This blog is part of Changing The Story’s #YoungChangemakers series. If you are a young person leading alternative actions for civil society building in the Global South and would like to be featured in the series, get in touch!
Written by Willard Muntanga, a young change maker on the Phase 2 Changing the Story project Street Art to Promote Representation and Epistemic Justice among Marginalized Rural Zimbabwean Youth.
We recently had a 5 day workshop about the use of street art to understand the lives and aspirations of marginalised youth in Zimbabwe. The workshop was held at BaTonga museum in Binga Rural District stretching from 29 July to 2 August 2019. It was attended by 12 youth (6 females and 6 males) residing from different places in Binga rural District, Zimbabwe.
African culture and traditional Zimbabwean culture, specifically in Binga, generally excludes youth from public and decision-making roles. Across the district, common challenges include; high levels of early marriages, endemic poverty, cultural decay for BaTonga people and a general lack of opportunities for better jobs which give them leverage.
The training workshop came at the right time to the right people at the right place to revamp the culture of Tonga people in Binga. The unique part of Tonga culture hinges on the way how it was or it is practiced; only older men and women were involved in partaking in cultural activities, excluding the youth to participate meaningfully in cultural preservation. I believe, through the advent of graffiti artwork this will be erased and (it will) ensure that the youth become part of the groups who preserve the Tonga culture in Binga.
Facilitators and artists took us through the process of graffiti art work presentation and interpretation. The active participation of the participants affixed with their curiosity and interest to know more about the graffiti, had invigorated and empowered the facilitators to extend their skills. This created a platform or dimension where the youth were able to share their heroic history, experiences, achievements and the global challenges of Binga through image (pictorial) presentations on the billboards.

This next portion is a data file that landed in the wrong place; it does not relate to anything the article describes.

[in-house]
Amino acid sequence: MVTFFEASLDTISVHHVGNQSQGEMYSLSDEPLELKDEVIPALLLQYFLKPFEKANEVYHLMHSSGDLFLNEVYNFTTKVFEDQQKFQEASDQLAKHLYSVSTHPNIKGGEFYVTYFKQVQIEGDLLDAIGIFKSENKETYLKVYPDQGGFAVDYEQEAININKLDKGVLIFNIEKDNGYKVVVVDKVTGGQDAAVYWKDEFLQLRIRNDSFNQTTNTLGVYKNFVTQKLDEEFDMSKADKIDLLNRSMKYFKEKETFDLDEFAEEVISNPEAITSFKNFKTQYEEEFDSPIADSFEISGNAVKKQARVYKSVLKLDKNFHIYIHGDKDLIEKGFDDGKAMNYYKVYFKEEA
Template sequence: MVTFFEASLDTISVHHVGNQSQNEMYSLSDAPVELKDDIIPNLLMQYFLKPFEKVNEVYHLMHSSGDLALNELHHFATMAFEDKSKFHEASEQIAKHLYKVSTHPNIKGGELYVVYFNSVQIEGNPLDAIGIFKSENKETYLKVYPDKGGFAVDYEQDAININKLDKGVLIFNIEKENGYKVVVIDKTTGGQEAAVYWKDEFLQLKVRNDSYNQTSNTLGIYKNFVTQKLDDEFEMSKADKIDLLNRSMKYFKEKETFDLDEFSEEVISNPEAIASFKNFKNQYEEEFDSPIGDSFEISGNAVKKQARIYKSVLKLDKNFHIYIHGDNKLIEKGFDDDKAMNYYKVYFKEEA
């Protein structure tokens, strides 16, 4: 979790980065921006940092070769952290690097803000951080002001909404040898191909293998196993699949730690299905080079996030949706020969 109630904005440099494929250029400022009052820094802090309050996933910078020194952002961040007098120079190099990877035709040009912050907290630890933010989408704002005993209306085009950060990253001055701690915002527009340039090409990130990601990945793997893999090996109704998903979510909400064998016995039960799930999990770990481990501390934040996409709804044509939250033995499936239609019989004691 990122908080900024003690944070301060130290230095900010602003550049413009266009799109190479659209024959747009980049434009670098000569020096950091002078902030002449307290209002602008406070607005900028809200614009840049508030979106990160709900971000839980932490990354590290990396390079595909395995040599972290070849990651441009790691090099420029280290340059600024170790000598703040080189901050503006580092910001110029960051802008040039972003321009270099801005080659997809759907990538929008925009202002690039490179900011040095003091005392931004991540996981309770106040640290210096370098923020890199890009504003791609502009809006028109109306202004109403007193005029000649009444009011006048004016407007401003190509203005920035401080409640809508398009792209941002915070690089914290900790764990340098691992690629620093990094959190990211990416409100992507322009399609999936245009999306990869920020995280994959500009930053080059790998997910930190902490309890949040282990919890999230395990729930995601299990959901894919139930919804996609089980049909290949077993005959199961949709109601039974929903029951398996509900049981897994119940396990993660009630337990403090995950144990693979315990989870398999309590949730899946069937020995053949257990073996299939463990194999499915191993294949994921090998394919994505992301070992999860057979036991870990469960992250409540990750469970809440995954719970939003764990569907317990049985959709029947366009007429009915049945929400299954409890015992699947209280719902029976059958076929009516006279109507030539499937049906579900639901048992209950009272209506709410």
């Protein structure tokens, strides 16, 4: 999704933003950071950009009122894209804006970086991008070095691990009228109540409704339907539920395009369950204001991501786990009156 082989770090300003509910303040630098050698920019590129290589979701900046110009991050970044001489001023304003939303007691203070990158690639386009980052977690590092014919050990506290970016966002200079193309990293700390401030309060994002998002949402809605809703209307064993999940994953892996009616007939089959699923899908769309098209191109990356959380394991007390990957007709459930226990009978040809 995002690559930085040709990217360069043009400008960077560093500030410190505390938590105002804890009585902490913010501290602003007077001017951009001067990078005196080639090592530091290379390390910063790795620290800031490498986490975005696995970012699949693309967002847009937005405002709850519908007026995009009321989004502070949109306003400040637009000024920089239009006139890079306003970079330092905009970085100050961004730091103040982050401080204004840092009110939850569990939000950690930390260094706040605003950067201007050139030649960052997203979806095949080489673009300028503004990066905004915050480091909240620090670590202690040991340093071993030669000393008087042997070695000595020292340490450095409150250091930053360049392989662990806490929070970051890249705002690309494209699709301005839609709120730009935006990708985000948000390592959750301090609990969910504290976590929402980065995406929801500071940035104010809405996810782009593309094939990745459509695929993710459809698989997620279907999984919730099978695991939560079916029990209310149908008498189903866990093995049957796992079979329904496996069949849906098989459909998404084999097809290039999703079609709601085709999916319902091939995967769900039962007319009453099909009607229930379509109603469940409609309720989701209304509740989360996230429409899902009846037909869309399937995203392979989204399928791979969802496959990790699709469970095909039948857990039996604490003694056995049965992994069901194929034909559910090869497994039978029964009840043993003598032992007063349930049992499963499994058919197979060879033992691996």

It is salient to note that the workshop has transformed and changed the chapter of living for the youth in Binga as they gained new and amplified skills in art works for the good of their communities. It will make them vigilant enough to speak up to issues which affect them (advocacy) in their realms of life through street or visual arts (talking using art work). The onus is upon the participants (Binga youths) to champion the project so that they cannot lose the skills which they gained through the training workshop. The fact that the workshop brought other dimensions of advocacy or ladder of engagements, it prompted Basilwizi Trust in Binga and BaTonga museum to wish that such workshop should prevail in order to equip the youth with the skills and techniques to address the host of challenges faced by young people in the District.
To me, as I was among the participants I commend that the workshop was convivial and it acted as an eye opener. Over and above, I developed skills in graffiti art work which I didn’t have before. These skills will make me to be relevant in our rural communities as I will be able to produce various art products for public consumption. There is more to the (meaning of) the words graffiti art.